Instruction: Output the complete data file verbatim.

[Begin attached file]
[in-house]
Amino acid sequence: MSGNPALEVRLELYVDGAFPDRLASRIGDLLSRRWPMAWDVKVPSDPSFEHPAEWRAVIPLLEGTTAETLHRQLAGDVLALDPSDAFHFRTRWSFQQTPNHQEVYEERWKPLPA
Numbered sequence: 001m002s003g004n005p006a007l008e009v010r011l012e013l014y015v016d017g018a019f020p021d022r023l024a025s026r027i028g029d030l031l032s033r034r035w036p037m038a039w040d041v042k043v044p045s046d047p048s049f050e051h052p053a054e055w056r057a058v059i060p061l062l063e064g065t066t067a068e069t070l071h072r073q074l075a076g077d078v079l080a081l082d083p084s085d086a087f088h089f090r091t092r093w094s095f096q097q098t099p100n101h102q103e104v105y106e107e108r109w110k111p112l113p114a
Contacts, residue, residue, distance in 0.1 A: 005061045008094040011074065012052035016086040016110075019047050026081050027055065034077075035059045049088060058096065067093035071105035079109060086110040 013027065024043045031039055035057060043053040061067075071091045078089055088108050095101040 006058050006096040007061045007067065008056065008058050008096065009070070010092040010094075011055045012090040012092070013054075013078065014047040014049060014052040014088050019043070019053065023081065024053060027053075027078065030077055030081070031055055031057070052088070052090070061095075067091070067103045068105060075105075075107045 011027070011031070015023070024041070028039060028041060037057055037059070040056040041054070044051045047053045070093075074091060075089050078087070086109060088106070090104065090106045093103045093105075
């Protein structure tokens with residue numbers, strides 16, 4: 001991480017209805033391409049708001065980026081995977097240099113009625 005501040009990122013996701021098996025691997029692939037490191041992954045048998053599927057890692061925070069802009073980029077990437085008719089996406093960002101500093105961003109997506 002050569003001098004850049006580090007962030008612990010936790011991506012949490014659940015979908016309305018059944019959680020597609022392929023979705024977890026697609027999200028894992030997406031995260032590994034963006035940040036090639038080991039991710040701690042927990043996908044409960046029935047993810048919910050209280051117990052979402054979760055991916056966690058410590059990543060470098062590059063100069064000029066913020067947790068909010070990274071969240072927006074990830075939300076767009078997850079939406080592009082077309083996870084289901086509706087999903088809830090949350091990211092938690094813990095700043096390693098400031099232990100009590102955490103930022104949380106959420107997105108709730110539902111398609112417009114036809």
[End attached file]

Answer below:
[in-house]
Amino acid sequence: MSGNPALEVRLELYVDGAFPDRLASRIGDLLSRRWPMAWDVKVPSDPSFEHPAEWRAVIPLLEGTTAETLHRQLAGDVLALDPSDAFHFRTRWSFQQTPNHQEVYEERWKPLPA
Numbered sequence: 001m002s003g004n005p006a007l008e009v010r011l012e013l014y015v016d017g018a019f020p021d022r023l024a025s026r027i028g029d030l031l032s033r034r035w036p037m038a039w040d041v042k043v044p045s046d047p048s049f050e051h052p053a054e055w056r057a058v059i060p061l062l063e064g065t066t067a068e069t070l071h072r073q074l075a076g077d078v079l080a081l082d083p084s085d086a087f088h089f090r091t092r093w094s095f096q097q098t099p100n101h102q103e104v105y106e107e108r109w110k111p112l113p114a
Contacts, residue, residue, distance in 0.1 A: 005061045008094040011074065012052035016086040016110075019047050026081050027055065034077075035059045049088060058096065067093035071105035079109060086110040 013027065024043045031039055035057060043053040061067075071091045078089055088108050095101040 006058050006096040007061045007067065008056065008058050008096065009070070010092040010094075011055045012090040012092070013054075013078065014047040014049060014052040014088050019043070019053065023081065024053060027053075027078065030077055030081070031055055031057070052088070052090070061095075067091070067103045068105060075105075075107045 011027070011031070015023070024041070028039060028041060037057055037059070040056040041054070044051045047053045070093075074091060075089050078087070086109060088106070090104065090106045093103045093105075
């Protein structure tokens with residue numbers, strides 16, 4: 001991480017209805033391409049708001065980026081995977097240099113009625 005501040009990122013996701021098996025691997029692939037490191041992954045048998053599927057890692061925070069802009073980029077990437085008719089996406093960002101500093105961003109997506 002050569003001098004850049006580090007962030008612990010936790011991506012949490014659940015979908016309305018059944019959680020597609022392929023979705024977890026697609027999200028894992030997406031995260032590994034963006035940040036090639038080991039991710040701690042927990043996908044409960046029935047993810048919910050209280051117990052979402054979760055991916056966690058410590059990543060470098062590059063100069064000029066913020067947790068909010070990274071969240072927006074990830075939300076767009078997850079939406080592009082077309083996870084289901086509706087999903088809830090949350091990211092938690094813990095700043096390693098400031099232990100009590102955490103930022104949380106959420107997105108709730110539902111398609112417009114036809």